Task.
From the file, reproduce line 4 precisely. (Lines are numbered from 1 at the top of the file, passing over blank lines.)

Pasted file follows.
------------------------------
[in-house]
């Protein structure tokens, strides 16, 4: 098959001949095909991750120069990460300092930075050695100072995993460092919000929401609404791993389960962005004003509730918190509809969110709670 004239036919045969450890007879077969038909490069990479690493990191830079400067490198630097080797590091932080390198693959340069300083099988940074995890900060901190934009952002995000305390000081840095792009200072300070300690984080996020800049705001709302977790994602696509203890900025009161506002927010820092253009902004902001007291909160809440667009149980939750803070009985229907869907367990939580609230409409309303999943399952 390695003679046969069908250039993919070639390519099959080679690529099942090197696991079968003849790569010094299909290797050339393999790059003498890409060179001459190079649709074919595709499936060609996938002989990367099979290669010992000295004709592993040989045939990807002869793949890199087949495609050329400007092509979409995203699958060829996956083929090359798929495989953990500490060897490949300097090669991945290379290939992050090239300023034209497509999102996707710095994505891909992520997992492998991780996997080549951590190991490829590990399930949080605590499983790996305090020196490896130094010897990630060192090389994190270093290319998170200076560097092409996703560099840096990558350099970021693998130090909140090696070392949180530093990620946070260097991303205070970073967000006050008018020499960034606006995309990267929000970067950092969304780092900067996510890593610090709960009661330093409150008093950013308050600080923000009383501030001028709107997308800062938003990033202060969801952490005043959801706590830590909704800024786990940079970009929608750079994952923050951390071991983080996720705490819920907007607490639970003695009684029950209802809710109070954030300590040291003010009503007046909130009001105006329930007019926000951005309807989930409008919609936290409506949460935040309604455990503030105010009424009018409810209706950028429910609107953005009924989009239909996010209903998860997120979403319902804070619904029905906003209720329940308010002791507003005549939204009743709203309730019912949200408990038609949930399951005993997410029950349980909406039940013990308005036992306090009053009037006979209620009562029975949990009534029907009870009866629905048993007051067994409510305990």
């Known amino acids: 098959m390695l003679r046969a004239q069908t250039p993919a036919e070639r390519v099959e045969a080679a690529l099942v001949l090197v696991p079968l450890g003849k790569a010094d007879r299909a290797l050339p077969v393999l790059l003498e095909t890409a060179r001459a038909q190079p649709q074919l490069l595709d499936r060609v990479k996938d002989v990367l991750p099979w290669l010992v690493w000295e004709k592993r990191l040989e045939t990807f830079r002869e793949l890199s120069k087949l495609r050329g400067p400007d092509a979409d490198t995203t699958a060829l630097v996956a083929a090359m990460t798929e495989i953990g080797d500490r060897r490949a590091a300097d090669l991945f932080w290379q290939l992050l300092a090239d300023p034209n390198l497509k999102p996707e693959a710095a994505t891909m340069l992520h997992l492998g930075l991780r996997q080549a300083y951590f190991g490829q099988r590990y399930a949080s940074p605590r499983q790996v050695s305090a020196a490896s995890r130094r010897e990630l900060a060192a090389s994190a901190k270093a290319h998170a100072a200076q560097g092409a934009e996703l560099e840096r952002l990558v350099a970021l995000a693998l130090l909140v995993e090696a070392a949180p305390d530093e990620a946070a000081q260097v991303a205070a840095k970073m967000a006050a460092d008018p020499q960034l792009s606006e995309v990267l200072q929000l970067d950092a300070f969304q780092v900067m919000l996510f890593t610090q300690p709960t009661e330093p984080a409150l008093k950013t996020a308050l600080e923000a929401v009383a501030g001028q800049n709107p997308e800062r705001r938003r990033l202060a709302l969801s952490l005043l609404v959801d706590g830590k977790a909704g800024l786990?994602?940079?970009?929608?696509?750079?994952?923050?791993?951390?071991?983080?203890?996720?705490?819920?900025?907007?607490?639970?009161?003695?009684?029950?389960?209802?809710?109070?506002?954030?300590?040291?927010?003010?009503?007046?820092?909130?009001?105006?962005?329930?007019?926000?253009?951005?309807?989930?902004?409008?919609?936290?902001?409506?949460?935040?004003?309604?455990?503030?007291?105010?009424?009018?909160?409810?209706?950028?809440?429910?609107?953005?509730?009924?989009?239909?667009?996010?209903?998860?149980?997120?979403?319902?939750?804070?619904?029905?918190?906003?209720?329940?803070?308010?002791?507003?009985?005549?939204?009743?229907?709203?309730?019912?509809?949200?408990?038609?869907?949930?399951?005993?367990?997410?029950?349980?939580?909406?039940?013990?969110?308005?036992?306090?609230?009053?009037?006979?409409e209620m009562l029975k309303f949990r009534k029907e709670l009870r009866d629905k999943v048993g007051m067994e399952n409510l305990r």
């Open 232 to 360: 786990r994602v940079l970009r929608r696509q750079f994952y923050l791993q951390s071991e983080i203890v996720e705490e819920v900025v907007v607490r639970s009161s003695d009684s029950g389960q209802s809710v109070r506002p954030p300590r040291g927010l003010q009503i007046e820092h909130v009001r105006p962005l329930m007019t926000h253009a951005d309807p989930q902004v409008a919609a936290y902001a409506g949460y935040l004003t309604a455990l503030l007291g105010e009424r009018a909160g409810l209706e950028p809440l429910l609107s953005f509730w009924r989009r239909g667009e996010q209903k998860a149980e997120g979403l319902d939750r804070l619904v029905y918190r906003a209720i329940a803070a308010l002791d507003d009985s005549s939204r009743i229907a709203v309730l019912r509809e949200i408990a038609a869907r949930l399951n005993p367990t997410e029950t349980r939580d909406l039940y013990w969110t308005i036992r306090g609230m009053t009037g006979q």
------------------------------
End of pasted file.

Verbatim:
């Open 232 to 360: 786990r994602v940079l970009r929608r696509q750079f994952y923050l791993q951390s071991e983080i203890v996720e705490e819920v900025v907007v607490r639970s009161s003695d009684s029950g389960q209802s809710v109070r506002p954030p300590r040291g927010l003010q009503i007046e820092h909130v009001r105006p962005l329930m007019t926000h253009a951005d309807p989930q902004v409008a919609a936290y902001a409506g949460y935040l004003t309604a455990l503030l007291g105010e009424r009018a909160g409810l209706e950028p809440l429910l609107s953005f509730w009924r989009r239909g667009e996010q209903k998860a149980e997120g979403l319902d939750r804070l619904v029905y918190r906003a209720i329940a803070a308010l002791d507003d009985s005549s939204r009743i229907a709203v309730l019912r509809e949200i408990a038609a869907r949930l399951n005993p367990t997410e029950t349980r939580d909406l039940y013990w969110t308005i036992r306090g609230m009053t009037g006979q």